13-2929 (A) IT IS UNLAWFUL FOR A PERSON WHO IS IN VIOLATION OF A CRIMINAL OFFENSE TO:
    1. TRANSPORT OR MOVE OR ATTEMPT TO TRANSPORT OR MOVE AN ALIEN IN THIS STATE, IN FURTHERANCE OF THE ILLEGAL PRESENCE OF THE ALIEN IN THE UNITED STATES, IN A MEANS OF TRANSPORTATION IF THE PERSON KNOWS OR RECKLESSLY DISREGARDS THE FACT THAT THE ALIEN HAS COME TO, HAS ENTERED OR REMAINS IN THE UNITED STATES IN VIOLATION OF LAW.

    I know there are quite a few attorneys on this site – perhaps they might want to weigh in regarding the clauses “WHO IS IN VIOLATION OF A CRIMINAL OFFENSE” and “IN FURTHERANCE OF THE ILLEGAL PRESENCE OF THE ALIEN IN THE UNITED STATES”.

    It’s not illegal in Arizona to drive an illegal alien to church, or to home teach them, or have them particpate in service projects. Good hell.

  84. I’ve heard a lot of excuses for not doing home teaching but “I don’t want to get arrested” has got to be a first. :)

  85. I believe that there are wards in AZ that have the problems described in #78 and wards in AZ that have no such problems. Awesome wards and totally messed-up wards exist side by side, even in hypothetical geographic areas. What I want to know is, who in #78’s ward is getting up and saying, “What’s wrong with you people?”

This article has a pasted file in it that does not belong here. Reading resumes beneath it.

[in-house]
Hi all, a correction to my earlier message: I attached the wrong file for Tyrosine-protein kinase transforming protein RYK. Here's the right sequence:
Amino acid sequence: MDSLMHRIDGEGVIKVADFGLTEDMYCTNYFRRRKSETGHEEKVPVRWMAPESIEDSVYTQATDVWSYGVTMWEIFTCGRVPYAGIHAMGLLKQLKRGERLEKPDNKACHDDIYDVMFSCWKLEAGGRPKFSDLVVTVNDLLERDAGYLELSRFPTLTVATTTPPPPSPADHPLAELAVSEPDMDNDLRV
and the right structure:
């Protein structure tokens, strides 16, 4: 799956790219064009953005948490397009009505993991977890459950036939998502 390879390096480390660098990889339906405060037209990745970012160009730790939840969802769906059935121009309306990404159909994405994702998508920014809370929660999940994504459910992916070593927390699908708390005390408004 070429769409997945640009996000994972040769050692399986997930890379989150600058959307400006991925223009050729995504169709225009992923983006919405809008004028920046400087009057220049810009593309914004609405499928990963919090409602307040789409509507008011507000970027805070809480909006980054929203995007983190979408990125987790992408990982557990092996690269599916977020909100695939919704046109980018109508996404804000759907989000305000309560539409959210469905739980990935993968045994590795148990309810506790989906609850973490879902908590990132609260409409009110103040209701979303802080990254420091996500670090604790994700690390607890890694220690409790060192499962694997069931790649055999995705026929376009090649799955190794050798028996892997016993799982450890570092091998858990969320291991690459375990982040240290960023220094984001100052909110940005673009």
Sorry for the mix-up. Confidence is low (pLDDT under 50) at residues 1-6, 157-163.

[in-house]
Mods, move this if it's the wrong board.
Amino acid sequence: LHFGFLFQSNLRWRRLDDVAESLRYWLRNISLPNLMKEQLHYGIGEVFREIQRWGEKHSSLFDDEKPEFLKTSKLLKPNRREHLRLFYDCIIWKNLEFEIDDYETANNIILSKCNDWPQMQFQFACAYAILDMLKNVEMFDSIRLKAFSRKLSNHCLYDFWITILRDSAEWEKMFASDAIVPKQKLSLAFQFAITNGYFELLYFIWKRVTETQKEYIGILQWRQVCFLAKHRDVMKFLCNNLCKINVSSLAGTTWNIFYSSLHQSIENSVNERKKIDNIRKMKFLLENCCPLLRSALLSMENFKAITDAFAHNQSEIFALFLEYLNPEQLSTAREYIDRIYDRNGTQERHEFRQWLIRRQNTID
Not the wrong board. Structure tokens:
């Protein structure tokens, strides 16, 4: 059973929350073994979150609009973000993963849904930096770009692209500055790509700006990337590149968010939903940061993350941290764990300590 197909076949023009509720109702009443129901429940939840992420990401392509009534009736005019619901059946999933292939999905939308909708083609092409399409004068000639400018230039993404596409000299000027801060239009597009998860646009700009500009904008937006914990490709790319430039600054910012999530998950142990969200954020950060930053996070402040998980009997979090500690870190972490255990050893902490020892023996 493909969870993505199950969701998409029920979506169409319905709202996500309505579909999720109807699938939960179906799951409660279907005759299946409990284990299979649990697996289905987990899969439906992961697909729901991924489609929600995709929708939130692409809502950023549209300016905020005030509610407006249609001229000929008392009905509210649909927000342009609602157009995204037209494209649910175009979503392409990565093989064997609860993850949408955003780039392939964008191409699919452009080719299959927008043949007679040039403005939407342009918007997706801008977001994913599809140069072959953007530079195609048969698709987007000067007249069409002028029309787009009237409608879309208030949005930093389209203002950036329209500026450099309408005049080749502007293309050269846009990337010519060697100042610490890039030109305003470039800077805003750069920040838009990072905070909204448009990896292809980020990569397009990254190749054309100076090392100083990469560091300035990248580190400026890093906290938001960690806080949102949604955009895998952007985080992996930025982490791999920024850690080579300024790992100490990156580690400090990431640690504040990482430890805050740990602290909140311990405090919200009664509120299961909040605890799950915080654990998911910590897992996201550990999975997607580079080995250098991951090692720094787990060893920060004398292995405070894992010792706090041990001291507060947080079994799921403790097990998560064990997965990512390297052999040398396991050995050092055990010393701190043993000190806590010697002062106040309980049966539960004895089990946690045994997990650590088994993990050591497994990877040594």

86. #83,

    Good hell.

    how is hell these days? good?

  87. madhousewife,

    What I want to know is, who in #78′s ward is getting up and saying, “What’s wrong with you people?”

    Shouldn’t someone get up in Russell Pierce’s ward and say “what’s wrong with you people?”

  88. “Good hell.”

    Is that what we are calling Arizona these days?

    I think it would be awesome to get arrested for hometeaching. It would be hometeaching with civil disobedience all at the same time.

  89. 85: I second your last sentence, exactly.

    As to “good hell” – substitute “good grief” for the intended expression of, well, disbelief and amazement. But good grief wasn’t strong enough.

  90. Steve Evans says:

    LDS in AZ, how about if you exceed the speed limit on the way to Church with an illegal alien in the car?

  91. Or if you exceed the allowed number of capitalized letters in a comment while an illegal alien is in your living room?

  92. I would really appreciate it if we could avoid any more personal attacks on Bruce R McConkie (or implications of such)